Neurofibromatosis type 6 (NF6), also referred as café-au-lait spots syndrome, is a cutaneous disorder characterized by the presence of several café-au-lait (CAL) macules without any other manifestations of neurofibromatosis or any other systemic disorder.
Prevalence is unknown, but the disease appears to be extremely rare.
The macules may appear in infancy, but usually they are detected after 2 years of age. CAL lesions are hyperpigmented with smooth or irregular borders. Their size may vary from a few millimeters to more than 10 cm.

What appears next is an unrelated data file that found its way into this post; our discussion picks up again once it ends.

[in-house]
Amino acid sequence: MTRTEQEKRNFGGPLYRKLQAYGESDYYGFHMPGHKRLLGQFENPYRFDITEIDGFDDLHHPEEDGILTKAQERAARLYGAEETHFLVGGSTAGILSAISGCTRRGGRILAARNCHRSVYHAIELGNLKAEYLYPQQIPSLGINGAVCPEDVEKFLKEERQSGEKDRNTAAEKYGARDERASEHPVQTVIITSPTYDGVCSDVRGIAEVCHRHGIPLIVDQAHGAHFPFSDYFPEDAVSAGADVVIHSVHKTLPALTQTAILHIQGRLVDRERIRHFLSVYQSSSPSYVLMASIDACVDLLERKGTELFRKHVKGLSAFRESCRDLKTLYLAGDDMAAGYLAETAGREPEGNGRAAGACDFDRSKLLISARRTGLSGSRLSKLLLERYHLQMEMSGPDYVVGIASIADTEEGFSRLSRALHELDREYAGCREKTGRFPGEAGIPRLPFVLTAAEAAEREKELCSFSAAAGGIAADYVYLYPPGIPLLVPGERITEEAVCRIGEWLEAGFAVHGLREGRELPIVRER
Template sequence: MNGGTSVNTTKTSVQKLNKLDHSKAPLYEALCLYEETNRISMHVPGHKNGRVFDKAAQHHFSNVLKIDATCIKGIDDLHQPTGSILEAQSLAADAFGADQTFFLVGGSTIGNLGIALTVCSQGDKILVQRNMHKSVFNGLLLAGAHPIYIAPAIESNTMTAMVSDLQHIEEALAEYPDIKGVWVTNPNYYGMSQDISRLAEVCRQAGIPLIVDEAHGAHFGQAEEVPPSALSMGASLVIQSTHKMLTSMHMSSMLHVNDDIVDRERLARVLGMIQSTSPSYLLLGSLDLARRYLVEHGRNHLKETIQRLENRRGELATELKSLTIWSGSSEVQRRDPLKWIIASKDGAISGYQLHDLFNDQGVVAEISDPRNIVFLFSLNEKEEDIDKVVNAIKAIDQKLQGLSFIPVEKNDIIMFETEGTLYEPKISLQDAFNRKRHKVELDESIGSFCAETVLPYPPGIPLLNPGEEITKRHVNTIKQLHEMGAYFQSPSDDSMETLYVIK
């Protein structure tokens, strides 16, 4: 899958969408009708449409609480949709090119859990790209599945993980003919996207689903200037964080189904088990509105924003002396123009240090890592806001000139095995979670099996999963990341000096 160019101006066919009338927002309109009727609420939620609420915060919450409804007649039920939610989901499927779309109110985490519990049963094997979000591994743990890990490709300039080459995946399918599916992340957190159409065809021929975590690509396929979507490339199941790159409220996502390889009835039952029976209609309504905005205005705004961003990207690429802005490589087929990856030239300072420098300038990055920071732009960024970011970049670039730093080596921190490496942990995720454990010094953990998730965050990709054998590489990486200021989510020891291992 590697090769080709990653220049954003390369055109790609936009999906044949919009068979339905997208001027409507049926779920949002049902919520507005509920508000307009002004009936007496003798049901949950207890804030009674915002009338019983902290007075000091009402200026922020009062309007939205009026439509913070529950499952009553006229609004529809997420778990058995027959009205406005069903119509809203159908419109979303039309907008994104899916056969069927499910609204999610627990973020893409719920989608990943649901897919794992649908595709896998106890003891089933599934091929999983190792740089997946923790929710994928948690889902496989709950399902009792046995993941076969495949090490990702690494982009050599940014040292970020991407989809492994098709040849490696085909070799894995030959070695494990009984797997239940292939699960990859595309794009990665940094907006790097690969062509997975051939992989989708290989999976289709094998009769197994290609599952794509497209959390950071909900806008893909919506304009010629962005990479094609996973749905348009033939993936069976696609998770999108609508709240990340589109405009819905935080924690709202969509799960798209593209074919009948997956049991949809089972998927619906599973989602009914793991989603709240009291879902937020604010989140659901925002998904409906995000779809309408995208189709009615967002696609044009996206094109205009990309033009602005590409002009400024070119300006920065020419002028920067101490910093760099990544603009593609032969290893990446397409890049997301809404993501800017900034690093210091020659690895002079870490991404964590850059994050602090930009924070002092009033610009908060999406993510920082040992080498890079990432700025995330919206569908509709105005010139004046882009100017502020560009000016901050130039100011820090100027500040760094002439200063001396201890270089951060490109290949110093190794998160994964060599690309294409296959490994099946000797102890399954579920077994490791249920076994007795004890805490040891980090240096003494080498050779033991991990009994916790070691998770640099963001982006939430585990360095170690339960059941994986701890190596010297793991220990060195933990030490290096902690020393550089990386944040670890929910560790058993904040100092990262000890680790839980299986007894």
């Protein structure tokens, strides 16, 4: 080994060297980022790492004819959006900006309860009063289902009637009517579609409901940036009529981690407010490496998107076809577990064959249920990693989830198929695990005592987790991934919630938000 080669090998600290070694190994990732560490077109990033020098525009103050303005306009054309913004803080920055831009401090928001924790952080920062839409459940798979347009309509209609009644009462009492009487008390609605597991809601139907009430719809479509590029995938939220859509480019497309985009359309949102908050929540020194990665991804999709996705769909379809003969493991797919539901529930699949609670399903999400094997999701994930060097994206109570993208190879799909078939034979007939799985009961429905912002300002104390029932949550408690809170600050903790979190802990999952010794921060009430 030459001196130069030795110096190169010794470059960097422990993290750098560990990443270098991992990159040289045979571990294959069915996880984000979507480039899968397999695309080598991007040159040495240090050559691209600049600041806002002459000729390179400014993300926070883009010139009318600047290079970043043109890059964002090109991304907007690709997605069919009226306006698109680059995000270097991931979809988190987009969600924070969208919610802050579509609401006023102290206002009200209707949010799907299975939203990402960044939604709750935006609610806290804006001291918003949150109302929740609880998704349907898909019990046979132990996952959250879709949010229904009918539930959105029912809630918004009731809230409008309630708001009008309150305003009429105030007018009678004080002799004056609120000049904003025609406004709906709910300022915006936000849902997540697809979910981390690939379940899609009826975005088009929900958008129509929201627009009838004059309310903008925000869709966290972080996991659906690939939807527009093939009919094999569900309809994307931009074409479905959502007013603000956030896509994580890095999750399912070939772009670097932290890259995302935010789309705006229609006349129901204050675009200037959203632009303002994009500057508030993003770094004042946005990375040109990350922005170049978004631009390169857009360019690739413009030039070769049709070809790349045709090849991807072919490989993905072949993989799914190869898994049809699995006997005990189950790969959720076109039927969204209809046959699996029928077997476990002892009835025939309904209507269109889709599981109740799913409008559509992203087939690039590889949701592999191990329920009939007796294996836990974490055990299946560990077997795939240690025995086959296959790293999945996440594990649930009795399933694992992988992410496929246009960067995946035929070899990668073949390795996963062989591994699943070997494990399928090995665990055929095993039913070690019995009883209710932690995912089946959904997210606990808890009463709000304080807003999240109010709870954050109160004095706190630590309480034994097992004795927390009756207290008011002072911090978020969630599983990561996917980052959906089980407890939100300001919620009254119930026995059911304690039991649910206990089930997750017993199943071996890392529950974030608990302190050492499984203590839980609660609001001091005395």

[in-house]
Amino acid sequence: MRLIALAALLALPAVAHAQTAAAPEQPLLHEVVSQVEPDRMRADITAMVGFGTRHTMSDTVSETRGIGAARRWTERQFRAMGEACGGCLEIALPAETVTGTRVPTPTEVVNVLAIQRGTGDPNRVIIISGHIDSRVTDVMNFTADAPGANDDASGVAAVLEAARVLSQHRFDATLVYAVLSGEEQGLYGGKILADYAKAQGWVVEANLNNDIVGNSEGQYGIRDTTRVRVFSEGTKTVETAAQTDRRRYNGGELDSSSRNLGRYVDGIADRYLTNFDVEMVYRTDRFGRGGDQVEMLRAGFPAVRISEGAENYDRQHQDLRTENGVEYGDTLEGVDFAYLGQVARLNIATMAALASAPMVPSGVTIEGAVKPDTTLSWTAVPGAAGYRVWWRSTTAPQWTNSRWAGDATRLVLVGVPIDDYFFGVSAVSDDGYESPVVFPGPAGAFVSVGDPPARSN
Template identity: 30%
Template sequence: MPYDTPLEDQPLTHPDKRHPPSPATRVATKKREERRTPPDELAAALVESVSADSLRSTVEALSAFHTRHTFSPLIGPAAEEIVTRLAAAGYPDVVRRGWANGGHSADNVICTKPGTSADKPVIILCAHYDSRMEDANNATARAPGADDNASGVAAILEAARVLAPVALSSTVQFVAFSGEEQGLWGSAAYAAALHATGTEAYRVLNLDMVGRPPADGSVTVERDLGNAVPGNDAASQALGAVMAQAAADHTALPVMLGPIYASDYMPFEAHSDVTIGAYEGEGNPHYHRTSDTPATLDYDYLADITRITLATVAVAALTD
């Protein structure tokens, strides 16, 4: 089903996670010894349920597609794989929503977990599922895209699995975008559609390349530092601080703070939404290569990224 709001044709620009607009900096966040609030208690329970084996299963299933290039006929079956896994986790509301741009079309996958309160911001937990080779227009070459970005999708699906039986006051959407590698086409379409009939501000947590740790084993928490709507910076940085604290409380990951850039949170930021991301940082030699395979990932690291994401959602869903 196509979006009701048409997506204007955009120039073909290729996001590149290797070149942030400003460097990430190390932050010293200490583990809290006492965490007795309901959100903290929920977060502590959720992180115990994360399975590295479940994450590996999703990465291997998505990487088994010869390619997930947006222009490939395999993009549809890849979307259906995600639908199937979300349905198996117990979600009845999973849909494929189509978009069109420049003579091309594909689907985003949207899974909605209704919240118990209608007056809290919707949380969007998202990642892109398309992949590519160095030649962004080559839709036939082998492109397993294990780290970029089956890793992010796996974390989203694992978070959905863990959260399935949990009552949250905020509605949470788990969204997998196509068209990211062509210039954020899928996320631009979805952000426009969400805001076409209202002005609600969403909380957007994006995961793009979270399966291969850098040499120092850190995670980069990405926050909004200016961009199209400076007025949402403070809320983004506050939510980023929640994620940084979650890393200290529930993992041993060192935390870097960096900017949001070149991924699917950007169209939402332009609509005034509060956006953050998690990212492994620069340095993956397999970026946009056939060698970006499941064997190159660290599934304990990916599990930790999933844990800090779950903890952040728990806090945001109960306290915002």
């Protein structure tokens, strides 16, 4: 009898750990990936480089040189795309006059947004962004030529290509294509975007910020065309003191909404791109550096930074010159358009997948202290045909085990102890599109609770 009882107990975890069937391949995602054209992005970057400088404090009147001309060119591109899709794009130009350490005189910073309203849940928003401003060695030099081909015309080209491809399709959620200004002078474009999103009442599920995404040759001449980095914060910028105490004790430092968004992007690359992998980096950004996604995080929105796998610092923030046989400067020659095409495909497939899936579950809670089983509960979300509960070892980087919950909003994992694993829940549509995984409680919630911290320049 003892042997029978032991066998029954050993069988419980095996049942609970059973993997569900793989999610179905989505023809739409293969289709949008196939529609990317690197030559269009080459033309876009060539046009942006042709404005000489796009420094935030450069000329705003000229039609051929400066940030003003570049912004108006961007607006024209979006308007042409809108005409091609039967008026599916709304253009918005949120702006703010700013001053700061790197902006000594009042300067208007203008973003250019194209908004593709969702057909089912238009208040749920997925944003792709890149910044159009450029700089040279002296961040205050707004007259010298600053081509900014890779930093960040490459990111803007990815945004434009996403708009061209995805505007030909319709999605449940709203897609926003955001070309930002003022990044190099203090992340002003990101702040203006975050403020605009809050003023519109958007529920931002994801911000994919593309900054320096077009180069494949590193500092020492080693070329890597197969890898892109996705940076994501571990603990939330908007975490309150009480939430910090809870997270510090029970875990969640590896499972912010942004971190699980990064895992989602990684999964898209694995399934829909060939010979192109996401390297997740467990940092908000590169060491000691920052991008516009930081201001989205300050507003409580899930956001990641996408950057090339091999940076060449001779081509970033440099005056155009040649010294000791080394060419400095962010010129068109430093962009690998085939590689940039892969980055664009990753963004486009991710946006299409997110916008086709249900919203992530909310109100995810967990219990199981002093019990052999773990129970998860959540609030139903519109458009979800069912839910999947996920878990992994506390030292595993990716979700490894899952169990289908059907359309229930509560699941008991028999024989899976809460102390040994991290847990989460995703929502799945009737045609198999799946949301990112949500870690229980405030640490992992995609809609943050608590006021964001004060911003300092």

The etiology of NF6 remains unknown. Close linkage to the NF1 gene (17q11.2) has been reported in some cases.
The diagnosis is based on the presence of six or more CAL macules.
Differential diagnoses include neurofibromatosis type 1, McCune-Albright syndrome, and tuberous sclerosis (see these terms).
Transmission is autosomal dominant.
Isolated CAL lesions do not require medical care.
CAL spots are benign and may resolve with age.
Last update: April 2009